In rare cases, pregnancy and fatty liver could co-exist at the same time, usually at 34th to 39th week of pregnancy (but sometimes could occur immediately after delivery).
The medical term of this condition is “Acute fatty liver of pregnancy” or AFLP. It is considered to be life-threatening condition, but the chance to die from the disease has been dramatically decreased in recent years.
Among these rare cases, Acute fatty liver of pregnancy is more common on the first pregnancy, with an increased risk in twin pregnancy.
Why AFLP is a source of concern?
This is because both mother and the fetus are at very high risk if AFLP isn’t treated. Liver failure, bleeding, kidney failure, and severe infections can be life threatening. Fortunately, early diagnosis of the disease and taking the proper actions can prevent these conditions from happening.
Acute fatty liver of pregnancy symptoms
- Nausea and vomiting.
- Abdominal pain, especially in the upper right.
- General discomfort.
- Fatigue and/or Confusion.
- Jaundice (yellow color of the skin, eyes and mucous membranes).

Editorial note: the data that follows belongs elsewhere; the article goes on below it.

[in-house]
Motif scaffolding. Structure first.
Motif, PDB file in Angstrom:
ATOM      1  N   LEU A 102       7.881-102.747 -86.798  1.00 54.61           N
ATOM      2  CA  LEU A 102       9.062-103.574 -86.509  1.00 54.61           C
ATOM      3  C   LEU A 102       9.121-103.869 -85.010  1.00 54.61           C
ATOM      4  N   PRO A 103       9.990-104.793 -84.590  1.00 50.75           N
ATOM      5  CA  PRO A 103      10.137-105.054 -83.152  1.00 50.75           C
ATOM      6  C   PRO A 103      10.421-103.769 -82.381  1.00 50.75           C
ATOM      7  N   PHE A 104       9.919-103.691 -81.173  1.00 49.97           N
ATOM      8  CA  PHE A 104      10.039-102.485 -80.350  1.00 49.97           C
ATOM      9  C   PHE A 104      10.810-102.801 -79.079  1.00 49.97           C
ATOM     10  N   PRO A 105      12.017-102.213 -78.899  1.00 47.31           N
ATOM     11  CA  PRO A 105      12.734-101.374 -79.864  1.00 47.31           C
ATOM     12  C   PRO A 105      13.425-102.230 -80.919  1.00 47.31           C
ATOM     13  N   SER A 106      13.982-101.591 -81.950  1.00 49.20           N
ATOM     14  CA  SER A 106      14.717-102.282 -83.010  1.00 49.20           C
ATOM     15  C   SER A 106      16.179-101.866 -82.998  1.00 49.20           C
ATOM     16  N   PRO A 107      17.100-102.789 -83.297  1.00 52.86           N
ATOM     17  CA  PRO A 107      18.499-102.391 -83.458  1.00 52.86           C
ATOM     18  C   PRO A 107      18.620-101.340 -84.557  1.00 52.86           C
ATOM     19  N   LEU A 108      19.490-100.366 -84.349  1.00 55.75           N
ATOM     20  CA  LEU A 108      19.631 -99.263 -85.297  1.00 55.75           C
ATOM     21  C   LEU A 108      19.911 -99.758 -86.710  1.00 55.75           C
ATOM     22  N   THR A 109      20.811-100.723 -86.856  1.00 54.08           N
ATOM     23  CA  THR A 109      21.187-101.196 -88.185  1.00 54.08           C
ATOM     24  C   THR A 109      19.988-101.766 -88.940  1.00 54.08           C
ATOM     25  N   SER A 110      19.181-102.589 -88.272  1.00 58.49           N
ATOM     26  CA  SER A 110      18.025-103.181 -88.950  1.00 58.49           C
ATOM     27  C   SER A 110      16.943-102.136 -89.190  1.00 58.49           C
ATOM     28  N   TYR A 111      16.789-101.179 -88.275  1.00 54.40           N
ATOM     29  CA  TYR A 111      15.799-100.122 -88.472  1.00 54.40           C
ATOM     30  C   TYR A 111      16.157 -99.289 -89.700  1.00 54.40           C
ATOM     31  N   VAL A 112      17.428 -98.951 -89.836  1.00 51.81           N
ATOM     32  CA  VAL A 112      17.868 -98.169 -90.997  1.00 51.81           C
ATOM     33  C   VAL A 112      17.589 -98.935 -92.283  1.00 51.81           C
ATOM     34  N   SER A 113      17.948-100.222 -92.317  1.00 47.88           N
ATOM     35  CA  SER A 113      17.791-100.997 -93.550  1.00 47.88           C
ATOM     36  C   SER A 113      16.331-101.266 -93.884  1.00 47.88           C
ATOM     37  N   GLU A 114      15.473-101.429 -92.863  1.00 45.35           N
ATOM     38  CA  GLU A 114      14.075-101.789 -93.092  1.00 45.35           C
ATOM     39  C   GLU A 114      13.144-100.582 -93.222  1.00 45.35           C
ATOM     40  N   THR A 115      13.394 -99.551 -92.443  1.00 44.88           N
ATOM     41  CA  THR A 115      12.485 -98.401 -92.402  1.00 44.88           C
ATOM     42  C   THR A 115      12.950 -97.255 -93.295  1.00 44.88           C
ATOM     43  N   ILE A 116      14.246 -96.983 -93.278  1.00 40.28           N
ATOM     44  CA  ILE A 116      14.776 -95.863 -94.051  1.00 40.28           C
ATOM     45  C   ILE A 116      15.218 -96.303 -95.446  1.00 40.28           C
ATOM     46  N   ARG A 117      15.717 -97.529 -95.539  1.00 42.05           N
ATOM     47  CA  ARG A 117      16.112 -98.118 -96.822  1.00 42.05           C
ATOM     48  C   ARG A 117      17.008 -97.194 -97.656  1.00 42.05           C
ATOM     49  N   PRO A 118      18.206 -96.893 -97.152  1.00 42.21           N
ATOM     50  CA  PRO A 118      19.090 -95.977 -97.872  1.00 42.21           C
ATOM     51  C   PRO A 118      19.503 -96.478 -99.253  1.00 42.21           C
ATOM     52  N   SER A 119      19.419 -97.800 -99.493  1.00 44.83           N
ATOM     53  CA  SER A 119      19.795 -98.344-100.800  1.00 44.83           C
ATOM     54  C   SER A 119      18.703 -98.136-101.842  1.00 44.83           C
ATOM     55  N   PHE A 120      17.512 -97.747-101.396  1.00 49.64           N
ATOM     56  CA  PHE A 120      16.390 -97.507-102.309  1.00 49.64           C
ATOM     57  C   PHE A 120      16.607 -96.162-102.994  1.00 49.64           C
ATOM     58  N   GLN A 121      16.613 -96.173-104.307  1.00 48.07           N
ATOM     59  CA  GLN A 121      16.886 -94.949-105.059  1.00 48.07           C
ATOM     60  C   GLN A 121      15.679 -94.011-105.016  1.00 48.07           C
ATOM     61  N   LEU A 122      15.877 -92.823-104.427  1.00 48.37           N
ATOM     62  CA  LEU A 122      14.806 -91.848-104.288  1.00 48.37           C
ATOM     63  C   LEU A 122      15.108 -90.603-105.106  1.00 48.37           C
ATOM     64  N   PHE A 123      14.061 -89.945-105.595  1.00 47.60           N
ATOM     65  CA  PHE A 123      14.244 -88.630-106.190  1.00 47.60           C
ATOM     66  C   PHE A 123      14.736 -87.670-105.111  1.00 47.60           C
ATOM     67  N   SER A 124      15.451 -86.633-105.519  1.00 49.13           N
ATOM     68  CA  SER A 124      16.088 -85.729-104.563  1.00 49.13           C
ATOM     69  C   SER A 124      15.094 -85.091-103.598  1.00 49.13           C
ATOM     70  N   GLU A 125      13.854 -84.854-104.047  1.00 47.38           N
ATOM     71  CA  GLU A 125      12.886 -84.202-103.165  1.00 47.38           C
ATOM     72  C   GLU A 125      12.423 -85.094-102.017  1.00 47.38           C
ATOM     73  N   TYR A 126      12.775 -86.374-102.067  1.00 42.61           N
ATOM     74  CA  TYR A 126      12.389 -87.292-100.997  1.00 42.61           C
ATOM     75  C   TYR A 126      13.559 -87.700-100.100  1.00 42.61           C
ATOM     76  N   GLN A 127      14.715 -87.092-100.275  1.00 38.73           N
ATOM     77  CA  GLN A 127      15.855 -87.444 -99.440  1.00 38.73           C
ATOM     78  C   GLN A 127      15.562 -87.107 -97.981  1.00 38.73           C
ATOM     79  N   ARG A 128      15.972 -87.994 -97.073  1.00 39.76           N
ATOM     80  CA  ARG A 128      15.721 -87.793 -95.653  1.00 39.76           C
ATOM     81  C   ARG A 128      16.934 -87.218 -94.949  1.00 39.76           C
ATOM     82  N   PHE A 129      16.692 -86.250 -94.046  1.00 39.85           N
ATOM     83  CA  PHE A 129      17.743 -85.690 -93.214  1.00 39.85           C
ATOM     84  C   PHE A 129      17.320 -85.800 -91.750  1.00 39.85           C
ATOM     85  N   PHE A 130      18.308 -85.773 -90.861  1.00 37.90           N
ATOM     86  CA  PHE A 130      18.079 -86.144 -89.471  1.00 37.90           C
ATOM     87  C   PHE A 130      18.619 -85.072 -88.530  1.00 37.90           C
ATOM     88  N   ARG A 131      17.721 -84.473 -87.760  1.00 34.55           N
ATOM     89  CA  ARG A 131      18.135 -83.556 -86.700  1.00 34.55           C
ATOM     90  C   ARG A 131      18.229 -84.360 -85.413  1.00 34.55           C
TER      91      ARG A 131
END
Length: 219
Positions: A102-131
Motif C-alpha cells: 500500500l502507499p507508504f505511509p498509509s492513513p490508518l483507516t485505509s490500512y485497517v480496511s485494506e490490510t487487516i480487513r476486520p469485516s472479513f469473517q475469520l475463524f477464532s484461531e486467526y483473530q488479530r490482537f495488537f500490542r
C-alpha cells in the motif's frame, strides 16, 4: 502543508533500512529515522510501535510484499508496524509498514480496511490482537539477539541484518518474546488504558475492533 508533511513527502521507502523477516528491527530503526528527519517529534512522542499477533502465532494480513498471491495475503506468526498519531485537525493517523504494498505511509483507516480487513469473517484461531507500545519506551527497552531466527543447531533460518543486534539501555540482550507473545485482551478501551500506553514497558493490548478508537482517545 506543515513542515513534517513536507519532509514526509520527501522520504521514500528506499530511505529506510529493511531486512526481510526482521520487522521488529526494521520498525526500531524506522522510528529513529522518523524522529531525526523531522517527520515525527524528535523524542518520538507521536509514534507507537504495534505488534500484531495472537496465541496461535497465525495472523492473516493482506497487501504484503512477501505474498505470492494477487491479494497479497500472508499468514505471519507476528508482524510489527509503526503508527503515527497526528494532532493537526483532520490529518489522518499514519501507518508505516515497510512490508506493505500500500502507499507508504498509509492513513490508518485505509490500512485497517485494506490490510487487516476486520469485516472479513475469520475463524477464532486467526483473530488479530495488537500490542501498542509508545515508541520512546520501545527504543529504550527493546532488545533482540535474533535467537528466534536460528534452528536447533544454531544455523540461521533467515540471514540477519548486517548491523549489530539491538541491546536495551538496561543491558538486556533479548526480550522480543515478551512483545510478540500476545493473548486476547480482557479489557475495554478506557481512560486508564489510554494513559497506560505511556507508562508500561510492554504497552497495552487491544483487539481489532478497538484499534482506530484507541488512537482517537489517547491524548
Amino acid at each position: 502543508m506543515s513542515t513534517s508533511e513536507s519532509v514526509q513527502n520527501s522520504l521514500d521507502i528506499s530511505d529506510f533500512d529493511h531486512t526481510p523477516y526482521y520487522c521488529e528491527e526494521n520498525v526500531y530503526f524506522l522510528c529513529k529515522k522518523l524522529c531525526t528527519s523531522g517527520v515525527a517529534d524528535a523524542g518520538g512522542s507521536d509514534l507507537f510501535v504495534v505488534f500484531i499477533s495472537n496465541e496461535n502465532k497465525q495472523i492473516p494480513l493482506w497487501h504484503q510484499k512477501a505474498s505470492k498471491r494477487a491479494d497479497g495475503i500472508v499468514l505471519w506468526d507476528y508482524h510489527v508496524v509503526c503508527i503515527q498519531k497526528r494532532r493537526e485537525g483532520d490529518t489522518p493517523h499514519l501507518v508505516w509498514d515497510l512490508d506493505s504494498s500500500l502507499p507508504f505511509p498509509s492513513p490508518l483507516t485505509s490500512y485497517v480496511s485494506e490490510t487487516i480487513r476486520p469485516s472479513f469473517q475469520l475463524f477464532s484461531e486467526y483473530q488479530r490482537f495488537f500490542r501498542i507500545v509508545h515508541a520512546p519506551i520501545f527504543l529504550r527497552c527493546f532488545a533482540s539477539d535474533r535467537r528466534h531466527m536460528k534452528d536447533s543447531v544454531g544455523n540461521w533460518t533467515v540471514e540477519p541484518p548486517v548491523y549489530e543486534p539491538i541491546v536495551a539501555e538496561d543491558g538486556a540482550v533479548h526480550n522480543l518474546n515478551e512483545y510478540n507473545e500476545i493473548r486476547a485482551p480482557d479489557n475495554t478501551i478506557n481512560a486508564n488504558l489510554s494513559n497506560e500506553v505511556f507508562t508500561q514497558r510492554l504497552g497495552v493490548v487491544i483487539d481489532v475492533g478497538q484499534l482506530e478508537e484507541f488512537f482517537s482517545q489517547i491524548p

How Acute fatty liver of pregnancy is diagnosed?
AFLP symptoms are enough in most cases to diagnose the disease. This is usually done together with a blood test to rule out other diseases and conditions that share the same symptoms.
An ultrasound or CT are also used sometimes to help diagnosing acute fatty liver of pregnancy.
The most accurate way to diagnose AFLP is by a liver biopsy, but it’s not always possible to do during a pregnancy.
Acute fatty liver of pregnancy treatment
The only treatment for the disease is to deliver the baby as soon as possible. Time-frame is critical in order to minimize the risks to both the mother and the baby.
After the delivery the mother needs to be under observation until most of the disease symptoms disappear. In most cases the liver is fully recovered within few weeks.